8. Inspect and verify that the data and power cables are positioned to come out of the top edge of the rear floppy cover. This edge is rounded to prevent cutting of the cables. See Figure 4-47. Put the rear cover in place and tighten the T-15 rear cover screw. Figure 4-47.

  • Page 134: Hard Disk Drive

    The HP workstation c-class may have a maximum of two hard drives. The hard drive that came with the workstation was set to SCSI ID 6. If adding a second hard disk drive, the second hard disk drive will use SCSI ID 5.

  • Page 135

    Figure 4-48. The Hard Drive Slots 2. Open the hard drive slot by pressing the plastic release hook upward and pulling outward on the release lever as shown in Figure 4-49. As you pull outward on the release lever the hard drive bracket will easily slide out of the slot. Chapter 4 field replaceable units FRU removal and replacement...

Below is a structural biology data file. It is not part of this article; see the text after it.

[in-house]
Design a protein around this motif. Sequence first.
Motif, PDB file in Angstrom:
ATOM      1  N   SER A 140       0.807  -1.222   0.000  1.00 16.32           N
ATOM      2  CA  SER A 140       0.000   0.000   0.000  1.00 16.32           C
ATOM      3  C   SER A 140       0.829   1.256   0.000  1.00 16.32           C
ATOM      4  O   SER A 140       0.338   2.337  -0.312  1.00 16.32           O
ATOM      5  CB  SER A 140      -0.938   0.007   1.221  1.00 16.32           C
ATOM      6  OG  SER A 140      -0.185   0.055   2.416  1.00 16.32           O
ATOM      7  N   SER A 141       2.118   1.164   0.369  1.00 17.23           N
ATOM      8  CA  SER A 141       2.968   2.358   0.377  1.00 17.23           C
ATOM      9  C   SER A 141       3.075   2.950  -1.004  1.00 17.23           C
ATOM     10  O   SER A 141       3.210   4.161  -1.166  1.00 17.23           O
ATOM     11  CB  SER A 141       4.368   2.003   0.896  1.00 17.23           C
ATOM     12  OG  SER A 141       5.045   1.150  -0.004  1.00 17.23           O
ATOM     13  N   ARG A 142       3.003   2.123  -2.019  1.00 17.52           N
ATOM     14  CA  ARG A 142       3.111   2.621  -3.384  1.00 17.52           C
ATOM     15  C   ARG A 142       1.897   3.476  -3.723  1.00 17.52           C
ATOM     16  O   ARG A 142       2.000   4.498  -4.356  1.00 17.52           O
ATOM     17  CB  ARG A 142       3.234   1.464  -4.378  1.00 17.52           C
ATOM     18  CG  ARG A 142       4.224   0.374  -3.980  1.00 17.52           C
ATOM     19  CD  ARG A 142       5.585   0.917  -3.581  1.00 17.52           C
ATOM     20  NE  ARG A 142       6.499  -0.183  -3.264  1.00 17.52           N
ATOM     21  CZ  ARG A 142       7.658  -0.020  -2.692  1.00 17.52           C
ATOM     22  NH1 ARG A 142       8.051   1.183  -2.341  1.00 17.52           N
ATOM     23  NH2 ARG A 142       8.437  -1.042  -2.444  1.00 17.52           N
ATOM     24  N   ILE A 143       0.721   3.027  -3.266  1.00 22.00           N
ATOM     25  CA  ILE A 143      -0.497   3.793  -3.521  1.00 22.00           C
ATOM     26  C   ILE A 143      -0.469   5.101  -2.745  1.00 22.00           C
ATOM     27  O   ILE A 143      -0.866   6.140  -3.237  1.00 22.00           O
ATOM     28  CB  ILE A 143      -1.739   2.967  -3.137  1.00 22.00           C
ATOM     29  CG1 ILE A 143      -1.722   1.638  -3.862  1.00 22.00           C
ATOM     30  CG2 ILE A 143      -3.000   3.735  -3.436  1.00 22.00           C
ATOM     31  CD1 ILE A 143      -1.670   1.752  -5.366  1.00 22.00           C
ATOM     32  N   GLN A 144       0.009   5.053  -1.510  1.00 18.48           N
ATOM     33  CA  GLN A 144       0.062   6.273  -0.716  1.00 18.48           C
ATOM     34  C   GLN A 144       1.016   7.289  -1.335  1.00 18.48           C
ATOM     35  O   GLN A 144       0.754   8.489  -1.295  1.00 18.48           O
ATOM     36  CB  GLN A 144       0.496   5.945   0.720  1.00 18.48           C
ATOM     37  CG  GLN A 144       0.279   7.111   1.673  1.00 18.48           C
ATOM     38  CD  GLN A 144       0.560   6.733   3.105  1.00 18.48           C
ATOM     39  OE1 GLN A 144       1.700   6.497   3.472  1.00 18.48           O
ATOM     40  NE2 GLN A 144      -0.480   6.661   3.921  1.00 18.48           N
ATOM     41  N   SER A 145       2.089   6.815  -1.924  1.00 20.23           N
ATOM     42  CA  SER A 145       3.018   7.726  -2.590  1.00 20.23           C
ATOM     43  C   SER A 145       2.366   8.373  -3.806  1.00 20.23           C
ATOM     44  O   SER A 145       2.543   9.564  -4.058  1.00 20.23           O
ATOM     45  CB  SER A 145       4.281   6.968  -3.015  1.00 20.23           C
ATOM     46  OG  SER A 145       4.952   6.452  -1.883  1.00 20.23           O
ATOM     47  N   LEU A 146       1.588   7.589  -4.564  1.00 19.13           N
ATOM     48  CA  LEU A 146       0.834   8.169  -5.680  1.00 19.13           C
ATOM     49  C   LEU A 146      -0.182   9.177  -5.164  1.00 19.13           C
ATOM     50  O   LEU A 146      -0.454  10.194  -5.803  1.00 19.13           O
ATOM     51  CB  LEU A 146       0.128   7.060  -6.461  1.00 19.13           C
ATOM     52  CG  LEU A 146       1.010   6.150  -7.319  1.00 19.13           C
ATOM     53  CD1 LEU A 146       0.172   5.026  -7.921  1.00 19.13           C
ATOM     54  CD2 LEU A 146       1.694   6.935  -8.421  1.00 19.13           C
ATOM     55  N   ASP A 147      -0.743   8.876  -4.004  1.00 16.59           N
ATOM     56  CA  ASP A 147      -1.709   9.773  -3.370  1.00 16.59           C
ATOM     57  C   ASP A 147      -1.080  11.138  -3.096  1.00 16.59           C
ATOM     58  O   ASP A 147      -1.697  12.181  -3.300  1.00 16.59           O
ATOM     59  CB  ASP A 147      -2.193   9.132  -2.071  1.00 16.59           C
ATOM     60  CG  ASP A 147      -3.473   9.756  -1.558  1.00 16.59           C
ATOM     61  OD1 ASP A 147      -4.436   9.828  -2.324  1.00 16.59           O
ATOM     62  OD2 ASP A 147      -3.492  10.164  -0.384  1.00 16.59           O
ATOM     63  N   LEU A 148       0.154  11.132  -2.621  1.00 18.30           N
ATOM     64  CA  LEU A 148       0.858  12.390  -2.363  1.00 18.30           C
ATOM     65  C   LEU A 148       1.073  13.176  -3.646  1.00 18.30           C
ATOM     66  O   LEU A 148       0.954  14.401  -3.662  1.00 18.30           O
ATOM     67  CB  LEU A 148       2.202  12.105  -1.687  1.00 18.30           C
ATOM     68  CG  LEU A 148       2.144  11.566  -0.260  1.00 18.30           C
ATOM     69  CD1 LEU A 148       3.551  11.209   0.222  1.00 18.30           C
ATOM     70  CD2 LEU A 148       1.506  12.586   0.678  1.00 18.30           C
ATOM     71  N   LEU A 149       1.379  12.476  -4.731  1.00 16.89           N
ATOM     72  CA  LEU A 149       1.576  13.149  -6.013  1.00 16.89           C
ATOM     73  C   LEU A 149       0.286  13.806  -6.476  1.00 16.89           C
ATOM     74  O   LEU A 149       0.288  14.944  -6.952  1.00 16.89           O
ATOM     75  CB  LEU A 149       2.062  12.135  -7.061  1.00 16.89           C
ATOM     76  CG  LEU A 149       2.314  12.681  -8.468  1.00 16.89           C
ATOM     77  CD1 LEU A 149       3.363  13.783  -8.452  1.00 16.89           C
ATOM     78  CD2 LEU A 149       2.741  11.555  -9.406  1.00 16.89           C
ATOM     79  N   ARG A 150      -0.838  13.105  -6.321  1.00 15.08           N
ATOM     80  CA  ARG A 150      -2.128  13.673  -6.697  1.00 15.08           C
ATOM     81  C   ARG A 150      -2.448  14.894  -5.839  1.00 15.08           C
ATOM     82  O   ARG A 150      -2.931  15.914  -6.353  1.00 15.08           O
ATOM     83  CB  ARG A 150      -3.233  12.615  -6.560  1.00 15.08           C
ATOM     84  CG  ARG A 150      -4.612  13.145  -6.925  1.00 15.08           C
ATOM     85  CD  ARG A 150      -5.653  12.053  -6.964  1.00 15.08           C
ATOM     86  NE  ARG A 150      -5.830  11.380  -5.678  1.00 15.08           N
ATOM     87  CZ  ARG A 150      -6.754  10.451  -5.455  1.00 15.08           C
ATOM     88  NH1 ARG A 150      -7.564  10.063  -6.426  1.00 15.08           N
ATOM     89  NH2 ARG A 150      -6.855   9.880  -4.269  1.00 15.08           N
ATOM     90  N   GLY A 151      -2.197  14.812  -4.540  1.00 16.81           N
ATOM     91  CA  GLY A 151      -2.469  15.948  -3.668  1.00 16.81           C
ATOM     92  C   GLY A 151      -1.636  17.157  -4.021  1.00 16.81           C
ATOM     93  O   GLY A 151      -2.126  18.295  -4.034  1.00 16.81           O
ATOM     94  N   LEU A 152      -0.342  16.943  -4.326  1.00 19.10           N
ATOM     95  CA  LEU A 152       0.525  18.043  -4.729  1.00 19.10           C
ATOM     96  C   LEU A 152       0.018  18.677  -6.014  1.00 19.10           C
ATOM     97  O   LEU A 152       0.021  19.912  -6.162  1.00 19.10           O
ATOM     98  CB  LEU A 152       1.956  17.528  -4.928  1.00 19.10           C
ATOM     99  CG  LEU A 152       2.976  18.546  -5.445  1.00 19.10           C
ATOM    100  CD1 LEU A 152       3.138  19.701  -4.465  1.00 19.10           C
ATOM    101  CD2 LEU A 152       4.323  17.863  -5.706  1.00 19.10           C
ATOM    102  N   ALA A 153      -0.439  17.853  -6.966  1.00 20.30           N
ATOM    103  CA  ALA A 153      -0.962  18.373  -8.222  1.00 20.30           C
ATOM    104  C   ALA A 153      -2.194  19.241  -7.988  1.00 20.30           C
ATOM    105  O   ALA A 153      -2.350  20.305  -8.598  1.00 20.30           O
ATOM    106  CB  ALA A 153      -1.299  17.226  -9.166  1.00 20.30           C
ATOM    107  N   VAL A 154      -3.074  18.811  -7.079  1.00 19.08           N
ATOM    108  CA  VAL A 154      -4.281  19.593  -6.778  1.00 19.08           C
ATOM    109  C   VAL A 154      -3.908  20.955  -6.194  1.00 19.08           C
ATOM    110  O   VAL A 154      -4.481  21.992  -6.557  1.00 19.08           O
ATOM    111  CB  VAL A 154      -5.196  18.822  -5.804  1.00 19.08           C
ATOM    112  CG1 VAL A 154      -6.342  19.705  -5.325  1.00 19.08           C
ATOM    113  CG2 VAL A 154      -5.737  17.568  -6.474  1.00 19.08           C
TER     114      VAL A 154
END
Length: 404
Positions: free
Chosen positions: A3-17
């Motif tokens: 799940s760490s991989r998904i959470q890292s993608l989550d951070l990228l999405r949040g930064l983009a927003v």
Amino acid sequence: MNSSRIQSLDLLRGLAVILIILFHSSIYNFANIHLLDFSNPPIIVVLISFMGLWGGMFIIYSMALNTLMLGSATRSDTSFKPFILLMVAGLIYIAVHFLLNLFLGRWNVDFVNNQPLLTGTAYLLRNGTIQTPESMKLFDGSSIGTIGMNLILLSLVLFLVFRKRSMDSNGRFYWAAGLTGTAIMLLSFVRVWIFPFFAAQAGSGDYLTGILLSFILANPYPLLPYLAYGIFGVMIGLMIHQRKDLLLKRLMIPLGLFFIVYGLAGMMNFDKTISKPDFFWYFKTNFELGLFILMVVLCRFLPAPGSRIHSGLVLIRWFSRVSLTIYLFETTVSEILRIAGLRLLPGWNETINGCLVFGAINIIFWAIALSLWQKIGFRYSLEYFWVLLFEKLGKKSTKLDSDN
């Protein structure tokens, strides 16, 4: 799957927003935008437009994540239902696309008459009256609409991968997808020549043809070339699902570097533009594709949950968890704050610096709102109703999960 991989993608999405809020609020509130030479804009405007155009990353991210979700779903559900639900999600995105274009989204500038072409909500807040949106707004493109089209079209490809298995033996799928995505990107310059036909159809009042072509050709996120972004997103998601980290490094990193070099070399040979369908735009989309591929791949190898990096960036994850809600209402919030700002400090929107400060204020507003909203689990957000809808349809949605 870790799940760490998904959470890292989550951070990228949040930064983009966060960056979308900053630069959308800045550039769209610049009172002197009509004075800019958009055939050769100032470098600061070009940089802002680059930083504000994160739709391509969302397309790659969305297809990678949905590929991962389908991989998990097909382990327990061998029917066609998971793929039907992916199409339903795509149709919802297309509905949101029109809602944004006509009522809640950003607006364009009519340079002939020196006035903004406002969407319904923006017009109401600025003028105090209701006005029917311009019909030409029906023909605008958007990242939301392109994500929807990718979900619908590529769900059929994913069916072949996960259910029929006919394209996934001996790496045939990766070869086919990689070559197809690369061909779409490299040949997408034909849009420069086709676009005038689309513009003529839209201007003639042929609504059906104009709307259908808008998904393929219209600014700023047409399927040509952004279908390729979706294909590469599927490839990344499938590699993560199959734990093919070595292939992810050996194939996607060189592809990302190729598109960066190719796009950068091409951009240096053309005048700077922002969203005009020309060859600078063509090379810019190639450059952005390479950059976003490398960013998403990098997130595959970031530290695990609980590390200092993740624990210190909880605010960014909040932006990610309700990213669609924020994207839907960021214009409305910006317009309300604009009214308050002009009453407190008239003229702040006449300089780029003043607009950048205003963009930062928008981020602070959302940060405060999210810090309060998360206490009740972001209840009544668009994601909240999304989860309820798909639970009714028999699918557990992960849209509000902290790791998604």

• Page 136

    field replaceable units FRU removal and replacement Figure 4-49. Removing the Hard Drive Bracket 3. Mount the hard disk drive on the hard drive bracket using the four T-10 torx screws and rubber mounting grommets as shown in Figure 4-50. Next, slide the assembly into its hard drive slot, and push inward on the release lever until the front of the hard dive bracket is flush with the system unit.

  • Page 137

    Figure 4-50. Inserting the Hard Disk Drive Hard Disk Drive removing a hard disk drive This procedure explains how to remove the hard disk drive. Note that there are no cables for you to worry about when removing a hard disk drive. 1.

  • Page 138